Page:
But how do those interventions get imagined, prioritized and made into policy. We assume as a result of someone looking, listening, consulting, analysing, spotting trends and identifying needs and issues. Often, understandably, that’s a quiet and private process, with at most a focus group to throw around some ideas with a few external stakeholders. But this leaves a chasm between the policy makers and the sector.
A great example of positive policy development that’s emerging from that important mix of the pro-active and the responsive, the leading and the listening, is I think, the current Theatre Board Make It New process. And in particular the externalising of its staged process of publishing the thinking, inviting response and debate online and in person. Then publishing some more thinking and inviting more response.
This process inherently exposes that policy development is an iterative process. It’s smart because at the very least it reveals the thinking behind the proposal, invites debate and importantly prepares the field for change. If we in the field choose not to participate, or not to think through how the changes will affect us and ours, that is our choice and we have to take responsibility for that.
Make It New also raises some issues of devolution (presenter grants). I have to declare I’m a great believer in peer assessment and have enjoyed and learned a lot from participating in that process at different times over the years. But it’s also true that not everything needs that formal a process. Its fair AND its slow AND expensive. And to the applicants it can appear distant and bloodless. There are nimbler ways to distribute some of the resources. Mobile States, Touring Contemporary Performance Australia has been a really good example of that. Devolving funds to a consortium that in turn have to make it work. And have real incentive to on every level.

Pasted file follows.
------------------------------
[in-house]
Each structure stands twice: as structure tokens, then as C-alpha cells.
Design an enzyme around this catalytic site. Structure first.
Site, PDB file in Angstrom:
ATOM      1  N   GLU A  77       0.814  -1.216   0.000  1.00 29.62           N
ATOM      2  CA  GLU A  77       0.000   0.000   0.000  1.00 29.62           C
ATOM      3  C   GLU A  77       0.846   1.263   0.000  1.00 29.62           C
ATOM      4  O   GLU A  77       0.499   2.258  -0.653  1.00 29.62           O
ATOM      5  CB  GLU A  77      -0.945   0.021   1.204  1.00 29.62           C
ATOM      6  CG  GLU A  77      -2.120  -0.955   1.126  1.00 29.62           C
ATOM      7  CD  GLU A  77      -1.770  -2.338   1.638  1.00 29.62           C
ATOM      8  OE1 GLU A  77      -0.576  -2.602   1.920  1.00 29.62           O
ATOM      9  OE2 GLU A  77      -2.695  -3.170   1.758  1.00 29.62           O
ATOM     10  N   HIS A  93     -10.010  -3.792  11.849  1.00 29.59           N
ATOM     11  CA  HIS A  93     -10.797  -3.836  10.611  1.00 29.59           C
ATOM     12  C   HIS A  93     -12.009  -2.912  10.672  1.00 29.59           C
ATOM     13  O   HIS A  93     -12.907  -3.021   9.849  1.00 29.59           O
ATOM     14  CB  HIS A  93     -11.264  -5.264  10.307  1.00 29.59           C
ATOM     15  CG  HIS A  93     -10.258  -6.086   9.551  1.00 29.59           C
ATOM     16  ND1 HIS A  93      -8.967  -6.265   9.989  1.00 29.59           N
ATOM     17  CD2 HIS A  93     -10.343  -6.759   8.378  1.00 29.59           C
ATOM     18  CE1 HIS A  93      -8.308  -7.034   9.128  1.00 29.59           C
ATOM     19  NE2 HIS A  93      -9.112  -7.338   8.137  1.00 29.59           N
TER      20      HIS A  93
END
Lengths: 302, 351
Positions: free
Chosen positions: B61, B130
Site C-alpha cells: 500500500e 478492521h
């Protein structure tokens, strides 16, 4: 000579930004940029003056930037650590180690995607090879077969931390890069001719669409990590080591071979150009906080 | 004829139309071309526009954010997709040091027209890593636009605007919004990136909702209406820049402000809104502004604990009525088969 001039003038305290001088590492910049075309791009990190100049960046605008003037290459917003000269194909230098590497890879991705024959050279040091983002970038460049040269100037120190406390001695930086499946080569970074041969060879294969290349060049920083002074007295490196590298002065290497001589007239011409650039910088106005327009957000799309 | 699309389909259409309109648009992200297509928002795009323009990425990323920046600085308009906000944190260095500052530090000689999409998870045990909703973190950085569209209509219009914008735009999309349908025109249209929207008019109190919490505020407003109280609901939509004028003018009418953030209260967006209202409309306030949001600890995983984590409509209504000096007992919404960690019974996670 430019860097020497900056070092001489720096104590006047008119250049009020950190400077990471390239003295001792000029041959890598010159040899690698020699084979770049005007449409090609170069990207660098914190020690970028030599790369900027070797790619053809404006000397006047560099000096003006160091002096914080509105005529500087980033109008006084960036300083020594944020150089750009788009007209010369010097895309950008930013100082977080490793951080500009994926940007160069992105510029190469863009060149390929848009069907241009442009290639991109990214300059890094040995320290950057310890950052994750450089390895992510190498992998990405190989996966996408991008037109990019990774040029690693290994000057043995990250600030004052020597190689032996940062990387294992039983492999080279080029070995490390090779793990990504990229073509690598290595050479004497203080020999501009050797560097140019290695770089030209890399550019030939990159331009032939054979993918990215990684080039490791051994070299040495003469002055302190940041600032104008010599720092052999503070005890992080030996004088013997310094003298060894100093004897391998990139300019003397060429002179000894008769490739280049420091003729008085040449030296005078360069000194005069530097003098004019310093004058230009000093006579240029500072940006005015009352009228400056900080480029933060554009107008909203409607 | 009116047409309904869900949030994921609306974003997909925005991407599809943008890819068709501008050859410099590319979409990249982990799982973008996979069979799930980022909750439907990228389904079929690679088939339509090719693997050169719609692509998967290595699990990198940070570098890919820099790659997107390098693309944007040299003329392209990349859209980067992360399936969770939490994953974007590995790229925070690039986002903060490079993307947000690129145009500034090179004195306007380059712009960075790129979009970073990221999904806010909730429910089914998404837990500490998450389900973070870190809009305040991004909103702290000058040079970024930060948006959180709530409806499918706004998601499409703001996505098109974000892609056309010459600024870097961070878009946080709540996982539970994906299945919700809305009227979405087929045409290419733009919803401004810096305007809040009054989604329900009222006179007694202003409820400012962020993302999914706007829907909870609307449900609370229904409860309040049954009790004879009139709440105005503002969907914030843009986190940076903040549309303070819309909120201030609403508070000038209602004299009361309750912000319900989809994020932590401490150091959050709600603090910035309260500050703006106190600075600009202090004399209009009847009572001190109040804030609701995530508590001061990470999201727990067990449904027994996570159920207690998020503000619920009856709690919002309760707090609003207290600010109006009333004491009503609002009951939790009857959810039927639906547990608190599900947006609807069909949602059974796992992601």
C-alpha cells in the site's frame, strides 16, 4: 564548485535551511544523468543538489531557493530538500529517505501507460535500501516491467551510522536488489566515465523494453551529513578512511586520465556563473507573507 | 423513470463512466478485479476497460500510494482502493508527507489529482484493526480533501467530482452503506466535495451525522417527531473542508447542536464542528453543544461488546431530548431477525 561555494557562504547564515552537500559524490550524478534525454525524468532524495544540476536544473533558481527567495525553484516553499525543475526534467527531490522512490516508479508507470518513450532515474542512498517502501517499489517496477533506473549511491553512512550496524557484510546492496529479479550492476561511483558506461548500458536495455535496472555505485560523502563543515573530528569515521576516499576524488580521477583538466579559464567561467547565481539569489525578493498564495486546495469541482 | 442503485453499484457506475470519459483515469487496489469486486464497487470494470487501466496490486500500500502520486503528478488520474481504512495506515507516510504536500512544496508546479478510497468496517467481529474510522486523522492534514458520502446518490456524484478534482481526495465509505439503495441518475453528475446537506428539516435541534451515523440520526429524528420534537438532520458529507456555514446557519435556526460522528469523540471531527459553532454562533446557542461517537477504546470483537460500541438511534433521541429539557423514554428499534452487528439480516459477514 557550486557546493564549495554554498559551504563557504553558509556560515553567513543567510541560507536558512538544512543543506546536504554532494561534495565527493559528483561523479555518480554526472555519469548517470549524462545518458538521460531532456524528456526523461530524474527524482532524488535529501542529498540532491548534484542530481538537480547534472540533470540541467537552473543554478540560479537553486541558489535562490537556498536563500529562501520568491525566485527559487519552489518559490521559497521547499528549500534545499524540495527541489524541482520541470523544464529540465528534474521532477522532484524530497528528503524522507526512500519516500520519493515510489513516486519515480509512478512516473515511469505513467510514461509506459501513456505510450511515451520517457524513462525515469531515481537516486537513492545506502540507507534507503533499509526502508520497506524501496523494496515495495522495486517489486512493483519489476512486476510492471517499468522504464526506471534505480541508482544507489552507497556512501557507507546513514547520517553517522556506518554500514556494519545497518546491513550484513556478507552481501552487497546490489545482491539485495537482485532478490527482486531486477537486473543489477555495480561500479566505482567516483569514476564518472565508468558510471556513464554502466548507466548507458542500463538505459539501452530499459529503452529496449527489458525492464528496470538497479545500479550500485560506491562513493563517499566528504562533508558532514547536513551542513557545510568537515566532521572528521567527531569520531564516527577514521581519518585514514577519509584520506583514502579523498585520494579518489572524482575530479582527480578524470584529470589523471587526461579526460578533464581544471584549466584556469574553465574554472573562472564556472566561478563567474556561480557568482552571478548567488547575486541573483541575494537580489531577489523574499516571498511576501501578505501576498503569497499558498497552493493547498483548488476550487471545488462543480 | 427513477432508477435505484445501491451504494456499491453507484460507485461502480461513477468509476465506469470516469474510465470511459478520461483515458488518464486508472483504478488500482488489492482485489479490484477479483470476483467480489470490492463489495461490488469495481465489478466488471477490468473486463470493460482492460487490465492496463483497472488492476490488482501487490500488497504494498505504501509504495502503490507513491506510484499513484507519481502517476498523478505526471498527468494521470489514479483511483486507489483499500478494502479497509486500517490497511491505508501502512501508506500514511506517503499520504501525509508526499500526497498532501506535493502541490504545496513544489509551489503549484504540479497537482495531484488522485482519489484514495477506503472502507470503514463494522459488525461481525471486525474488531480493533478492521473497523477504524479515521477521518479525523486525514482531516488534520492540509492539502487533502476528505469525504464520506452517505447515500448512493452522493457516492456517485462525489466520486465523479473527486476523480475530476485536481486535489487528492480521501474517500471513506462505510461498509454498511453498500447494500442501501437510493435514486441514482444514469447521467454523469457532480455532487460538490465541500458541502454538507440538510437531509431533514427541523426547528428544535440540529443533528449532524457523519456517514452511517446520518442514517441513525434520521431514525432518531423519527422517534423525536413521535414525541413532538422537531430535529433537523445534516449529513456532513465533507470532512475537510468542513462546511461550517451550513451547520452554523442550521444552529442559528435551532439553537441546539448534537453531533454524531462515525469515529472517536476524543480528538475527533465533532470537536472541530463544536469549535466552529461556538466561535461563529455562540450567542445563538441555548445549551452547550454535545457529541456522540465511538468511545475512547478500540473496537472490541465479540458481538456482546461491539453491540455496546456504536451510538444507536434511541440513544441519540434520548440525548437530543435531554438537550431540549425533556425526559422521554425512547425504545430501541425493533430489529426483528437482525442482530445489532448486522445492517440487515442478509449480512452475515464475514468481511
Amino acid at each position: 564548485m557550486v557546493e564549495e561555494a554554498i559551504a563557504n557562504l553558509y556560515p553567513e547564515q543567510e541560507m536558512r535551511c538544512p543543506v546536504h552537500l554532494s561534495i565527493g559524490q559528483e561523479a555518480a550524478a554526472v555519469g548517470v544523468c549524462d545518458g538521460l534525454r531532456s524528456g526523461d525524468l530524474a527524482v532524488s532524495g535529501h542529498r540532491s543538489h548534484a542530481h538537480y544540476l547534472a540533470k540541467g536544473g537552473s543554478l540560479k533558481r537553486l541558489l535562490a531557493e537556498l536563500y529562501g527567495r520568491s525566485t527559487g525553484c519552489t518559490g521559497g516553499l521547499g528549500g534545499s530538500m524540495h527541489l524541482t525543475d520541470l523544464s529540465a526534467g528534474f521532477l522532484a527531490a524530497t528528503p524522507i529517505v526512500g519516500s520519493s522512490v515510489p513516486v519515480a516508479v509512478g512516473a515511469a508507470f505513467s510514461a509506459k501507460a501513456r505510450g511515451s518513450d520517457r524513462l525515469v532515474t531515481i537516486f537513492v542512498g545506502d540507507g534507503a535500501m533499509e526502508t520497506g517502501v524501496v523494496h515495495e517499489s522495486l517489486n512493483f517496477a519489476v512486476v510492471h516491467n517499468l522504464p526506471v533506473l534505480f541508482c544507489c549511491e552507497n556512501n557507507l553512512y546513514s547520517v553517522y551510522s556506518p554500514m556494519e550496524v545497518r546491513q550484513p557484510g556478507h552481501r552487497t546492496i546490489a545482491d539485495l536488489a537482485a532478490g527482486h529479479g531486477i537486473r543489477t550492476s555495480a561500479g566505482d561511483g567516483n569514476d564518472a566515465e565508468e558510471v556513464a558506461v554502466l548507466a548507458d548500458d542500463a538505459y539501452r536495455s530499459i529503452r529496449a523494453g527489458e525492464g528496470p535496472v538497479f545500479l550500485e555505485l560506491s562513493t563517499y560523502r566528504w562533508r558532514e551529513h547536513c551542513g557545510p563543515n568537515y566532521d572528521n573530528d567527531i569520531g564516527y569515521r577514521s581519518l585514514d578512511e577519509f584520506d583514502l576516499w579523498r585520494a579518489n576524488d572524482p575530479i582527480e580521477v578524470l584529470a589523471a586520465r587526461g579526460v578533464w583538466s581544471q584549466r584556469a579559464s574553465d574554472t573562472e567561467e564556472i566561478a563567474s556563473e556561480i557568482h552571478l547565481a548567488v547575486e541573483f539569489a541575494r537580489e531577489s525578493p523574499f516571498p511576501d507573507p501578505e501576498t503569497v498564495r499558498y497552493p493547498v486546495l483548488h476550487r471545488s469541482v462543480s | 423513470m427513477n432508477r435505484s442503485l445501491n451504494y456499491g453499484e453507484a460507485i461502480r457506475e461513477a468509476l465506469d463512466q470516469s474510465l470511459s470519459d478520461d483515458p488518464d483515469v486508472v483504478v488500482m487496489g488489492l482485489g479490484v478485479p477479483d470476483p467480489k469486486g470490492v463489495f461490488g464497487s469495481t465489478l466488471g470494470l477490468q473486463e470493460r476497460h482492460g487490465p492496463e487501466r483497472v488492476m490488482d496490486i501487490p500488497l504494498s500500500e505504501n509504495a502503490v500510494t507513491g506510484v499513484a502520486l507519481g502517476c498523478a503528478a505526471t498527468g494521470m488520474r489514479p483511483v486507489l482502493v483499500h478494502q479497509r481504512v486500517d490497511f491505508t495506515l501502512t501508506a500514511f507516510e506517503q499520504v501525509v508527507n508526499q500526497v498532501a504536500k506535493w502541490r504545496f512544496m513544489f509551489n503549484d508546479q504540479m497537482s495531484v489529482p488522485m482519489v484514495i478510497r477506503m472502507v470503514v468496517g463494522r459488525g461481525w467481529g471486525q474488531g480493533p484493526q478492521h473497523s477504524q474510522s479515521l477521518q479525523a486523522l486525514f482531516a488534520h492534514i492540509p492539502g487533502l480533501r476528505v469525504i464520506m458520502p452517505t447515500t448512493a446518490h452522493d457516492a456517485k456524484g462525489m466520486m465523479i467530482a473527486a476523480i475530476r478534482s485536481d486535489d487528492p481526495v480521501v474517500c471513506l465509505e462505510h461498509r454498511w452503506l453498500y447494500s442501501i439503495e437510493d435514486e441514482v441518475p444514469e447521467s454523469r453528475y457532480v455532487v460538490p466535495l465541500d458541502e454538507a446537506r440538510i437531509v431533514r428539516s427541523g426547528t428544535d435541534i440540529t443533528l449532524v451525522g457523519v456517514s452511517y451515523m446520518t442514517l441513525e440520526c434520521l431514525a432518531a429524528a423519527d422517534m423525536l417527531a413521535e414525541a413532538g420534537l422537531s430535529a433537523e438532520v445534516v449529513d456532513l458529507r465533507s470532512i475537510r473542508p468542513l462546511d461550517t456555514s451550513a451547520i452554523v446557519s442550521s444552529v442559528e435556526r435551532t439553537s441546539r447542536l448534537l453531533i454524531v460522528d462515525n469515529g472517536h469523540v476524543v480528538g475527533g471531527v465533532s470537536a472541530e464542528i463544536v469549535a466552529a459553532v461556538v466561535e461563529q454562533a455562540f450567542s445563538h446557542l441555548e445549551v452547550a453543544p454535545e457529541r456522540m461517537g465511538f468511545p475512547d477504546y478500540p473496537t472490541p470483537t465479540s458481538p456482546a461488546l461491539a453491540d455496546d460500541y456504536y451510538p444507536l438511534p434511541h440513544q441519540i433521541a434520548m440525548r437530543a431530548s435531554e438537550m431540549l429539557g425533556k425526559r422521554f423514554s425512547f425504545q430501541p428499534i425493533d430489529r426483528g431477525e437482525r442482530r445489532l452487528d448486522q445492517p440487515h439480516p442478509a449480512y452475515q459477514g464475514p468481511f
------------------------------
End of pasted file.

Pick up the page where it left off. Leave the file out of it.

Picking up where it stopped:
I’d also argue that with some programs for devolved money, it’s healthy to place the decision-makers and recipients face to face. It makes both parties state their position and live with it in closer proximity. And I think we need more of that.
In this discussion of devolution, it’s also important to note that the sector has evolved incredibly over the last five to eight years. An example is the national proliferation of new Contemporary Arts and Performance Centres established in Cairns, Brisbane, Campbelltown, Blacktown, Redfern, North Melbourne to name a few. And there’ve been increased resources committed to the ‘new’ by large Festivals, Festival Centres and Performing Arts Centres around the country. Again Make It New grasps these changes, articulates them, and proposes how they might play a role in the way funds are distributed. It simultaneously builds knowledge and tests the idea with the people who are affected by the policy. Often the very people who do not have the benefit of national overview. In other words it simultaneously offers the ideas, the context from which they emerge and the information with which to interpret them.
This kind of policy development is healthy. The outcome is scary, not everyone will be happy. But no-one can say they didn’t see it coming or that they didn’t have the chance to point out the gaps in thinking or the inherent risk associated with its implementation.
And now we all, in the field and at the Australia Council, have to rise above the business of busy-ness to make sure we engage in these processes and give each other permission to change. To leave behind some of the accumulateds so that we might look to the fresh opportunities.
“This kind of policy development is healthy. The outcome is scary, not everyone will be happy. But no-one can say they didn’t see it coming or that they didn’t have the chance to point out the gaps in thinking or the inherent risk associated with its implementation.”